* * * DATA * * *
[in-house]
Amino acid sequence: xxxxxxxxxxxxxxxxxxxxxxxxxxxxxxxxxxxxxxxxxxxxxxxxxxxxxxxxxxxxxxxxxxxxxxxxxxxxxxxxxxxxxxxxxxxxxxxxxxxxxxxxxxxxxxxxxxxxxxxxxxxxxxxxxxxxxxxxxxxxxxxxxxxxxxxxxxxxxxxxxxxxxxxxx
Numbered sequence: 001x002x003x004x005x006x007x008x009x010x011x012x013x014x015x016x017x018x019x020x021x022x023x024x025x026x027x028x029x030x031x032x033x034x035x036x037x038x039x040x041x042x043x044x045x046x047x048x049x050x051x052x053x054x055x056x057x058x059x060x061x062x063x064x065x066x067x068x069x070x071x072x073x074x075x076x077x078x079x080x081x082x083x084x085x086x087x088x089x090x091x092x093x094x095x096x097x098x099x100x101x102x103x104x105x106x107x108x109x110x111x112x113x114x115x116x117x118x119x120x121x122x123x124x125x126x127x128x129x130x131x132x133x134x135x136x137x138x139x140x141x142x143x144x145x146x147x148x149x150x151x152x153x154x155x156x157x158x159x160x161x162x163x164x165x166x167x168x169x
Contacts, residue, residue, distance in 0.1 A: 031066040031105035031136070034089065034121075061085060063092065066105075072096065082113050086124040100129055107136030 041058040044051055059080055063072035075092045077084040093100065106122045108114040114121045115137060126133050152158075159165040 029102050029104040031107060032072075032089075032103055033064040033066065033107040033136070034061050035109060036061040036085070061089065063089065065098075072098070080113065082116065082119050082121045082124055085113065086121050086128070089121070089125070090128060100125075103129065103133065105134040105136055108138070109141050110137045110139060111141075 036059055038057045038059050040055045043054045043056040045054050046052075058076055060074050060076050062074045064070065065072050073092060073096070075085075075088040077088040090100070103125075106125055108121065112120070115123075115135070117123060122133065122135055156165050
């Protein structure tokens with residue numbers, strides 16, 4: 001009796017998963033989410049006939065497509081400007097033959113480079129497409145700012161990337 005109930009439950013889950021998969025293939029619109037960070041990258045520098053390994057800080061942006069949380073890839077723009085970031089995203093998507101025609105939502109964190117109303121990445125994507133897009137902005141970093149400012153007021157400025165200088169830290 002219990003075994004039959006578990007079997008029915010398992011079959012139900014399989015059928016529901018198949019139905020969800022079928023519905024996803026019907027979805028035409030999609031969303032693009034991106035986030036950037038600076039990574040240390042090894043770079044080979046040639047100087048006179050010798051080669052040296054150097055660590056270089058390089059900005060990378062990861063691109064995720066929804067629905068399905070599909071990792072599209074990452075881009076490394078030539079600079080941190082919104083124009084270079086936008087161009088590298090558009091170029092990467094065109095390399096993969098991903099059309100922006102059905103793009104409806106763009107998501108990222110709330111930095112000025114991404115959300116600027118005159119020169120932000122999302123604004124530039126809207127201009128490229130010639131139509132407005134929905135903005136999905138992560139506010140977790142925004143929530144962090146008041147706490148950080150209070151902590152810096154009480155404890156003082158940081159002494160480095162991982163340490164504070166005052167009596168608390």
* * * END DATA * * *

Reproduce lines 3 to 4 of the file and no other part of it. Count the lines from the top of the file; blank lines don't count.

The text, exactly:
Numbered sequence: 001x002x003x004x005x006x007x008x009x010x011x012x013x014x015x016x017x018x019x020x021x022x023x024x025x026x027x028x029x030x031x032x033x034x035x036x037x038x039x040x041x042x043x044x045x046x047x048x049x050x051x052x053x054x055x056x057x058x059x060x061x062x063x064x065x066x067x068x069x070x071x072x073x074x075x076x077x078x079x080x081x082x083x084x085x086x087x088x089x090x091x092x093x094x095x096x097x098x099x100x101x102x103x104x105x106x107x108x109x110x111x112x113x114x115x116x117x118x119x120x121x122x123x124x125x126x127x128x129x130x131x132x133x134x135x136x137x138x139x140x141x142x143x144x145x146x147x148x149x150x151x152x153x154x155x156x157x158x159x160x161x162x163x164x165x166x167x168x169x
Contacts, residue, residue, distance in 0.1 A: 031066040031105035031136070034089065034121075061085060063092065066105075072096065082113050086124040100129055107136030 041058040044051055059080055063072035075092045077084040093100065106122045108114040114121045115137060126133050152158075159165040 029102050029104040031107060032072075032089075032103055033064040033066065033107040033136070034061050035109060036061040036085070061089065063089065065098075072098070080113065082116065082119050082121045082124055085113065086121050086128070089121070089125070090128060100125075103129065103133065105134040105136055108138070109141050110137045110139060111141075 036059055038057045038059050040055045043054045043056040045054050046052075058076055060074050060076050062074045064070065065072050073092060073096070075085075075088040077088040090100070103125075106125055108121065112120070115123075115135070117123060122133065122135055156165050